The constitutional affairs committee adopted a report yesterday (14 October) calling on the Parliament to push for a revision of the EU treaties, with the aim of scrapping Strasbourg as Parliamentary seat.
If MEPs pass such a motion for treaty revision at a plenary session, EU member states will be obliged to answer the call.
The committee report stressed once again that Parliament wanted to determine its own working arrangements, and to choose where their meetings are held. Rapporteurs Ashley Fox and Gerald Häfner repeated the Parliament’s wish that “in order to fulfill its function deriving from the treaties and the expectations of the electorate – Parliament needs the right to organise itself”.
Long-standing issue to reduce costs
The issue of the EU legislature's location has been on-going for many years but if Parliament adopts the motion, it will be a first proper step to start dialogue between the Parliament, Council and Commission.
The Parliament’s back-and-forth between Brussels and Strasbourg costs European taxpayers an estimated €102 million per year, the Parliament's secretary general, Klaus Welle, said last week.
The location of the seats of the European Parliament is defined in the EU treaties (Protocol 6, Lisbon Treaty) and can only be changed if member states agree to a treaty change at a European summit meeting.
Having laid hold of the Parliamentary seat in Strasbourg at the 1992 Edinburgh European summit, France is extremely unlikely to waive this right. It has been backed by other member states, including Belgium and Luxembourg.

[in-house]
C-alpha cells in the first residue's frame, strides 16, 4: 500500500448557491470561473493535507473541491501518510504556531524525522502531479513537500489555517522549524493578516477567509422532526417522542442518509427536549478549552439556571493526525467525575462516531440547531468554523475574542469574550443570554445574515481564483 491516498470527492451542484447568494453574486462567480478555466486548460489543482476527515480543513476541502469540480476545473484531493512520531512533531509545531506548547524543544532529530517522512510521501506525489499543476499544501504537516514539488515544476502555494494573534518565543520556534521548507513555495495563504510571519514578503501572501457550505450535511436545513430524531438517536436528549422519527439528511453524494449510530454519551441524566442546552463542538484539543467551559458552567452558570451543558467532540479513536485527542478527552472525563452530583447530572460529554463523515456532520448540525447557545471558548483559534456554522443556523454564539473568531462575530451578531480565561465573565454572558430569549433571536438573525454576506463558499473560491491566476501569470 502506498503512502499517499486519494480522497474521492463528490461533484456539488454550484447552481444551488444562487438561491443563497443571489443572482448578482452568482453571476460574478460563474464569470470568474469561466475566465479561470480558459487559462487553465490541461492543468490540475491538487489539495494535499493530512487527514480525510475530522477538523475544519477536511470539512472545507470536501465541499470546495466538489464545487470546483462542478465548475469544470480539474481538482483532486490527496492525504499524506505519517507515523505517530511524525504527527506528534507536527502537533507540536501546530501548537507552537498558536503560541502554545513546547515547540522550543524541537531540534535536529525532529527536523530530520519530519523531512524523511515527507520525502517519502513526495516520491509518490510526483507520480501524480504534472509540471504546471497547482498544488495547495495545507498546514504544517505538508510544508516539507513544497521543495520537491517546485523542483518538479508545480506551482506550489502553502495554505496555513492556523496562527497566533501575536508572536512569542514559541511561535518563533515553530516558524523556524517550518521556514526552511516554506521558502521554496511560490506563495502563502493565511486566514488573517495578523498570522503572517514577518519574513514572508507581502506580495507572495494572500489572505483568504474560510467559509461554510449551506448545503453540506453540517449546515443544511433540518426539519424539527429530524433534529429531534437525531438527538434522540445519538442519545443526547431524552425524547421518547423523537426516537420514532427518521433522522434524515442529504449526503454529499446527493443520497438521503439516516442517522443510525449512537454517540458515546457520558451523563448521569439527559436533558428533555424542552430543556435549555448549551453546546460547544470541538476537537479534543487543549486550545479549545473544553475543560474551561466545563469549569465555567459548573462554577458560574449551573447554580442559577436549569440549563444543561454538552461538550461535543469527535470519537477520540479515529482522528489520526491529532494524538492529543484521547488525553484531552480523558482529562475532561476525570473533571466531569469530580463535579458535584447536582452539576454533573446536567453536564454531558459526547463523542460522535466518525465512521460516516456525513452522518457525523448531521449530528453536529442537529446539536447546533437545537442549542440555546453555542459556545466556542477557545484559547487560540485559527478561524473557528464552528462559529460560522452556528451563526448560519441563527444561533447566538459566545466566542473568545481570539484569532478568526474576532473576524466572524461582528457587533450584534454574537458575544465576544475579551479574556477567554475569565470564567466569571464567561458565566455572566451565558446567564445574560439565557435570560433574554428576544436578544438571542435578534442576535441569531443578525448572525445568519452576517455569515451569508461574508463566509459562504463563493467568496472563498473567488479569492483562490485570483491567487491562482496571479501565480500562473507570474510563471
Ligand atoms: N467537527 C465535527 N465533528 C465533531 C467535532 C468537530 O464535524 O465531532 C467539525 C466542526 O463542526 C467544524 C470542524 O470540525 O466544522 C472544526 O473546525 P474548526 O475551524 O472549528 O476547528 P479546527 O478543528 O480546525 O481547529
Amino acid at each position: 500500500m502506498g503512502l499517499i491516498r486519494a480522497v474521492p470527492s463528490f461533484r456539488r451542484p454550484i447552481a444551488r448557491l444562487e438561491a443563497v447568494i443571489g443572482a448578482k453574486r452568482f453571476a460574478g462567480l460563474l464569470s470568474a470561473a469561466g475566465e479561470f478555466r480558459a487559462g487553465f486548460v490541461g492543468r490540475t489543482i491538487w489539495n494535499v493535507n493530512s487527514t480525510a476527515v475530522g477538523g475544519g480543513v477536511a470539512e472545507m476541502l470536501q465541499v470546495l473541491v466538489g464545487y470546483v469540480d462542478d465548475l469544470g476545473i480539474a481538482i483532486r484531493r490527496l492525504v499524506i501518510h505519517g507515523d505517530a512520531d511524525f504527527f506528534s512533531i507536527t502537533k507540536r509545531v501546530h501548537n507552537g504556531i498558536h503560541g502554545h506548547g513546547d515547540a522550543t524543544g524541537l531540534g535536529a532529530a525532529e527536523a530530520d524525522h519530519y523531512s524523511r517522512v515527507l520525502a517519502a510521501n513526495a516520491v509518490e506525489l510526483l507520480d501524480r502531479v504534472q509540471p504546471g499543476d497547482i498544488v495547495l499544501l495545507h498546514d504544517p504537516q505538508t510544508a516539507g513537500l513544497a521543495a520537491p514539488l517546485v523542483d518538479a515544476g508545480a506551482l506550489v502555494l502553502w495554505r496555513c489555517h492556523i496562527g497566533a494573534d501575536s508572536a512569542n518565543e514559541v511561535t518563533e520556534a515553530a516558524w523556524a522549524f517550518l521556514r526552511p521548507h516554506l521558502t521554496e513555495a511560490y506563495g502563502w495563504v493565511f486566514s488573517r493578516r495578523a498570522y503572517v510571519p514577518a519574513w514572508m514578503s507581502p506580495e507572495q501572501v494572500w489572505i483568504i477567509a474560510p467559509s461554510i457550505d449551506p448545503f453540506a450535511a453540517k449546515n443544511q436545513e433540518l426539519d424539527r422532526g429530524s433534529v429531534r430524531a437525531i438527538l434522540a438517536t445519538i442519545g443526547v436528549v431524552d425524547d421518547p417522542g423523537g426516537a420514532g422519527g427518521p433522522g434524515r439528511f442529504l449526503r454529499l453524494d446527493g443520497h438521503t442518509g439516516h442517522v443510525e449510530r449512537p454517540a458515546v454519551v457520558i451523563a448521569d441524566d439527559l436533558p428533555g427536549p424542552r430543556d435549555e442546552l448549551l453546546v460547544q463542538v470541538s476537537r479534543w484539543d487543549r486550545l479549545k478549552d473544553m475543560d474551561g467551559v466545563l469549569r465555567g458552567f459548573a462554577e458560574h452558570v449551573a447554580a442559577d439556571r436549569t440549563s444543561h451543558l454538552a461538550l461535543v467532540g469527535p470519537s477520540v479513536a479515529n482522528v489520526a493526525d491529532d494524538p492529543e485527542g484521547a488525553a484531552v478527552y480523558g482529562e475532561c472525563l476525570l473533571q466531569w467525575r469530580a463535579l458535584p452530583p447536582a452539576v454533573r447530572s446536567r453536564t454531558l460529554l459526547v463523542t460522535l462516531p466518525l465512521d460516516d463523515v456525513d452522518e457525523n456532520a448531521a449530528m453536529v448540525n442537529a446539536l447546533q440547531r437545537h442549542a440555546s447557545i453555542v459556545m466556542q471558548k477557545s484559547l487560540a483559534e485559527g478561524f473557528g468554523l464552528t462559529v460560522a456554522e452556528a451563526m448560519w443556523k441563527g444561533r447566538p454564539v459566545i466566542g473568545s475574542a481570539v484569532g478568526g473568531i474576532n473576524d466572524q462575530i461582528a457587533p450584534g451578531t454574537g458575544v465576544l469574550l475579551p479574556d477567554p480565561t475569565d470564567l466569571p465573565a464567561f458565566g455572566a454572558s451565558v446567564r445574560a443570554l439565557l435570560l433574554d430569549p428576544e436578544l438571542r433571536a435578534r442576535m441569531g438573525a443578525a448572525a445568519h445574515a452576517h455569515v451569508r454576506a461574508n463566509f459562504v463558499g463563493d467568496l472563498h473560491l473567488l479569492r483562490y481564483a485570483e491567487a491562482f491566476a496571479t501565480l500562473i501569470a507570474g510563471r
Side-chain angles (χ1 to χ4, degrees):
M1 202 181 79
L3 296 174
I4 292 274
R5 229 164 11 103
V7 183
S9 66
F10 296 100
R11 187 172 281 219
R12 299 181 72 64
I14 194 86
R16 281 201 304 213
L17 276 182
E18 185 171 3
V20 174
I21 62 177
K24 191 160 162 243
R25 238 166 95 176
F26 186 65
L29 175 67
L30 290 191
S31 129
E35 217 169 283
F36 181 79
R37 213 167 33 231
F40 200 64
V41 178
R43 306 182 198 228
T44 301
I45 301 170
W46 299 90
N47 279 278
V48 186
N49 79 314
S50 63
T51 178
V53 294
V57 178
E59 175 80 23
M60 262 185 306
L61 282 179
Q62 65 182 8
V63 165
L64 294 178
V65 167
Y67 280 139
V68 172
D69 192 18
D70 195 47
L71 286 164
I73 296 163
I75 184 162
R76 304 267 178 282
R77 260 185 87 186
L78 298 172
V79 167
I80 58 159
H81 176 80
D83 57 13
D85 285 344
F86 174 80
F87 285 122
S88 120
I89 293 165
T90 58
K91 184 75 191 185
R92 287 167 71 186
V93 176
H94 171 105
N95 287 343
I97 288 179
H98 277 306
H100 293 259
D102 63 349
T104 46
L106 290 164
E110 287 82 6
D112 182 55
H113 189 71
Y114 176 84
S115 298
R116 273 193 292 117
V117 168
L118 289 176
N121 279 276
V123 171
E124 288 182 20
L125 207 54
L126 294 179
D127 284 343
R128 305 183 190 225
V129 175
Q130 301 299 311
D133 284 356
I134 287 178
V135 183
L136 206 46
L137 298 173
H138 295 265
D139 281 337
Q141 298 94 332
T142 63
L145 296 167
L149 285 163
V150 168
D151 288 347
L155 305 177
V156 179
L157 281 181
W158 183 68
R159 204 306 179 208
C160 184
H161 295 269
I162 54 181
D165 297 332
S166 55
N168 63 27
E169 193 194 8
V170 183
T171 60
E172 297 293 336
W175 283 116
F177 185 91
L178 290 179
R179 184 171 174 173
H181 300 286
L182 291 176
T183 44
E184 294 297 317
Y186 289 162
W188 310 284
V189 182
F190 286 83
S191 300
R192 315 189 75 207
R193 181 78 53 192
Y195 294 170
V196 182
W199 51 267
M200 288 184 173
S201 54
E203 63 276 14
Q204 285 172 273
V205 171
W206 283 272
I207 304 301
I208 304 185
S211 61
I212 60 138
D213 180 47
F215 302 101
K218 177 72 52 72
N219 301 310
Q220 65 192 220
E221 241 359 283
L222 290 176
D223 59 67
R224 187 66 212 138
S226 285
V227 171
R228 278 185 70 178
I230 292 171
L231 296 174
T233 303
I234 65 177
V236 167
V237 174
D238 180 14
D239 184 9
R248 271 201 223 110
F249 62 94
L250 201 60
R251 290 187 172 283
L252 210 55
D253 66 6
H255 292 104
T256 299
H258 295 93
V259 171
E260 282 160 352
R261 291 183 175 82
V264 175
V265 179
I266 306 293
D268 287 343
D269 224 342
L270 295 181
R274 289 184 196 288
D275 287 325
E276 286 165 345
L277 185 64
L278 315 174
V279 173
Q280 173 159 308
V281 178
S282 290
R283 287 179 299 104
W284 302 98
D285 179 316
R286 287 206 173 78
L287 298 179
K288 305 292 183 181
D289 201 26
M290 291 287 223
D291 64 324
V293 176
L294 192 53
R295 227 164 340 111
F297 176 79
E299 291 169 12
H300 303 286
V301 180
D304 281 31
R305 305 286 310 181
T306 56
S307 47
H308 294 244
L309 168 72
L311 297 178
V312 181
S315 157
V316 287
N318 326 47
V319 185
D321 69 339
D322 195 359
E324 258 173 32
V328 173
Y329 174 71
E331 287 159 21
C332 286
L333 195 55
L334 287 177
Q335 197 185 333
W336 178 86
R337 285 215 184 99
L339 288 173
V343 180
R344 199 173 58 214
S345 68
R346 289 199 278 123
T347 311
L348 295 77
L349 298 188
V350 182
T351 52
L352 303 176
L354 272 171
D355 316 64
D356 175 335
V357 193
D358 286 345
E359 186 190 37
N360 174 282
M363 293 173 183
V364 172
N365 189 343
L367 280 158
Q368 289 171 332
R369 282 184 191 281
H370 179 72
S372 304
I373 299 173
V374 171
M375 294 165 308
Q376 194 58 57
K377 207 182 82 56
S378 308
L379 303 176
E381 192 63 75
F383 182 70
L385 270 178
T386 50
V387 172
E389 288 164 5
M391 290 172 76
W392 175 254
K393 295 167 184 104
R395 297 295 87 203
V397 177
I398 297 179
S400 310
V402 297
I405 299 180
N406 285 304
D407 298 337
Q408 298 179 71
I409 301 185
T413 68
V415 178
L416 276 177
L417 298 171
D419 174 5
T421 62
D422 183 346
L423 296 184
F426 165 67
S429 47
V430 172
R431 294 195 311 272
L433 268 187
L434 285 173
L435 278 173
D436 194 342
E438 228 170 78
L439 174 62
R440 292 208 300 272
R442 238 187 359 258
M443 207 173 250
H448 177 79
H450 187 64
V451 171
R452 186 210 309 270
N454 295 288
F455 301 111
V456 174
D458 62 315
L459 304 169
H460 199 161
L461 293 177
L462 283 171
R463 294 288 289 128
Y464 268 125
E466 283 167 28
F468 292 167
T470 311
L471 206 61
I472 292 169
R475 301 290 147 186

French MEPs have also consistently voted to keep the issue off the agenda. The parliamentary seat offers plenty of advantages to France and is an important symbol of France’s position in the EU.
Last April, MEPs voted in favour of an amendment urging the member states to take up the issue of the Parliament’s seat in a next revision of the treaty, a vote that Parliament watchdog VoteWatch selected as one of the ten votes that shaped the 2009-2014 legislature.
In March 2011, MEPs voted in favour of reducing the Strasbourg sessions in time. The decision was annulled after France took the European Parliament to the European Court of Justice, which ruled that it was unconstitutional in December 2012.
In 2006, a ‘One Seat’ campaign led by a group of parliamentarians including current home affairs commissioner Cecilia Malmström gathered one million signatures in a petition over a period of less than five months. The petition did not get any follow-up from member states.